Or: Captain Jack Sparrow vs. morality… and subplots
Well I’m all for a few jolly hours spent watching pirates being pirates. Unfortunately in recent years the Pirates franchise has offered us a law of rapidly diminishing returns. Yes fun stuff did happen and we did indeed get to watch, but empty kinetics increasingly drowned out the last vestiges of story and the enjoyably pantomime characters ended up all at sea.
In fairness, Ted Elliott, Terry Rossio et al have gone some way towards making amends for the disappointment of the previous two films with Pirates of the Caribbean: On Stranger Tides. Their plot is stronger, at least in the first half. The best of the film’s action set pieces in London is really well thought through. Jack and the gang get some well-chosen cheesy lines and their screenplay allows Geoffrey Rush to have such fun in the first act, as Barbossa plays the role of a newly powdered and bewigged privateer, that he steals every scene he’s in.
Sadly the movie ends up hitting the rocks because they can’t navigate around the central, fundamental truth of the Pirates series: you just can’t give Jack Sparrow depth. Don’t get me wrong, we love Jack and we love Johnny Depp’s intentionally flighty and flyweight incarnation. But it’s a performance designed beautifully around the pleasures of the surface. For all his hilariously fey physicality and semi-addled diction, Jack is the unchanging rock that anchors the vessel of the plot to the seabed and keeps it honest. And by honest I mean light as air. He’s a light rock, you see? Work with me…
On Stranger Tides tries simultaneously to give Jack moral and romantic depth by partnering him with an old flame to whom he ‘done wrong’ and yet apparently never actually slept with (we can hear the Disney corporate typewriter clattering away behind the scenes most strongly here). Simultaneously, however, it acknowledges the impossibility of the task by inventing a tedious subplot involving a captured priest who falls for a mermaid and whose pure love causes her to shed the tear the pirates need to perform a ritual at the Fountain of Youth.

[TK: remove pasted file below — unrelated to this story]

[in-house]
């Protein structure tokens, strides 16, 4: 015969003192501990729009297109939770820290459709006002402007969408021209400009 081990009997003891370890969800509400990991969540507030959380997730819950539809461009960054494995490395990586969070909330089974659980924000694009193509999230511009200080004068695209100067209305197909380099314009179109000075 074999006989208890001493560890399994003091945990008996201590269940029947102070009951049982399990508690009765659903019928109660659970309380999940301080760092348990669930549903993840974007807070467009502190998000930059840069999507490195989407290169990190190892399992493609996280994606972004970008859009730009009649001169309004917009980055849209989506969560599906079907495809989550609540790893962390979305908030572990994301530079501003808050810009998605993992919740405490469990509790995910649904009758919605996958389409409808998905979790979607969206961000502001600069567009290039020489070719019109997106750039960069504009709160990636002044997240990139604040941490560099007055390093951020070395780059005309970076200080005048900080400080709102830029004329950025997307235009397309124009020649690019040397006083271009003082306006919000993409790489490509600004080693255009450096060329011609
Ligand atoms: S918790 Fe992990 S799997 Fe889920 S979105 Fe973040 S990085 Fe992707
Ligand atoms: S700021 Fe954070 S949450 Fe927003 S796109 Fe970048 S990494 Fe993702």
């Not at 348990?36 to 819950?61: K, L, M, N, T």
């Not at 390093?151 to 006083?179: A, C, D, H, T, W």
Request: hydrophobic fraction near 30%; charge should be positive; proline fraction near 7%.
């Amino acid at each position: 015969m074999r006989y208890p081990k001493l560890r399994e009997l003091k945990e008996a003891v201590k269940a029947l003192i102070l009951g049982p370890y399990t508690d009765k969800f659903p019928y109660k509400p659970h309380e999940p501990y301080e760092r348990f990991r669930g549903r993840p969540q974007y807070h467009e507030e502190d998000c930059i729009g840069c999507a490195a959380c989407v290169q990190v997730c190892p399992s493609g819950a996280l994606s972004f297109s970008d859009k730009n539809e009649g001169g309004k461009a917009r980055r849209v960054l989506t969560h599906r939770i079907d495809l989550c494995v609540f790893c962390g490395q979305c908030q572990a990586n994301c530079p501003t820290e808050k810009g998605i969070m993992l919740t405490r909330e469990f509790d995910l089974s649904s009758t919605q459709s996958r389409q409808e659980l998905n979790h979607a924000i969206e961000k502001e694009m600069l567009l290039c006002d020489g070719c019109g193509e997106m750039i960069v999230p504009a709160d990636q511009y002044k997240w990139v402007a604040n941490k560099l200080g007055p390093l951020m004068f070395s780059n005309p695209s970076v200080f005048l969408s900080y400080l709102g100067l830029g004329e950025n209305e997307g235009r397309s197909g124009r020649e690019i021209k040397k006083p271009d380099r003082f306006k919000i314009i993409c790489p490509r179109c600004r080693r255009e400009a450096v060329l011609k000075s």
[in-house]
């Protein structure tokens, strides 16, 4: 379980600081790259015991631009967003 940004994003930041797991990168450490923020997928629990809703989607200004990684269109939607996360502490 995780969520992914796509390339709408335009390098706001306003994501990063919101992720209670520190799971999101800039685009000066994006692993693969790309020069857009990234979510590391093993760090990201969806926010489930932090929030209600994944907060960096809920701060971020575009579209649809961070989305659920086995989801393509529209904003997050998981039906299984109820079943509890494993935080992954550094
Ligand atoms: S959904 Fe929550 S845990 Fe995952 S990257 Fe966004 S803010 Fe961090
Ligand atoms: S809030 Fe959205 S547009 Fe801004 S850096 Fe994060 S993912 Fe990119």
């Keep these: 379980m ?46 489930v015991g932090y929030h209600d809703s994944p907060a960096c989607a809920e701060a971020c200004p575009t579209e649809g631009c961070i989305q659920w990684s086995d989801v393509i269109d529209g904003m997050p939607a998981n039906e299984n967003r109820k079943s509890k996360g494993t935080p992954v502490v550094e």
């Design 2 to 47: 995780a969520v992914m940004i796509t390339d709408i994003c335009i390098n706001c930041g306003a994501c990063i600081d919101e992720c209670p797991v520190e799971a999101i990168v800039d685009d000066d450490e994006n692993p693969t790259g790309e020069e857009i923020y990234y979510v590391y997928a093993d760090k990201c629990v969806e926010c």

Jack could never be capable of pure love or selfless feeling, so why force the story down these blind alleys? It’s not like he is going to change – and nor do we want him to – so why waste time, narrative energy and plot coherence pretending that he might? What’s more, crime of crimes the presence of Angelica on Blackbeard’s ship completely undercuts the great Ian McShane’s attempts to imbue that iconic character with any real menace. Furthermore another subplot involving Barbossa’s quest for revenge against Blackbeard combines with the mermaid story to rob Captain Jack of much importance at the film’s climax.
Pirates of the Caribbean: On Stranger Tides, like its predecessors, is still caught between the structures of a straightforward heroic adventure and an ensemble narrative. This time it might have got away with it if some of those ensemble subplots hadn’t been doomed to inadequacy from the get go.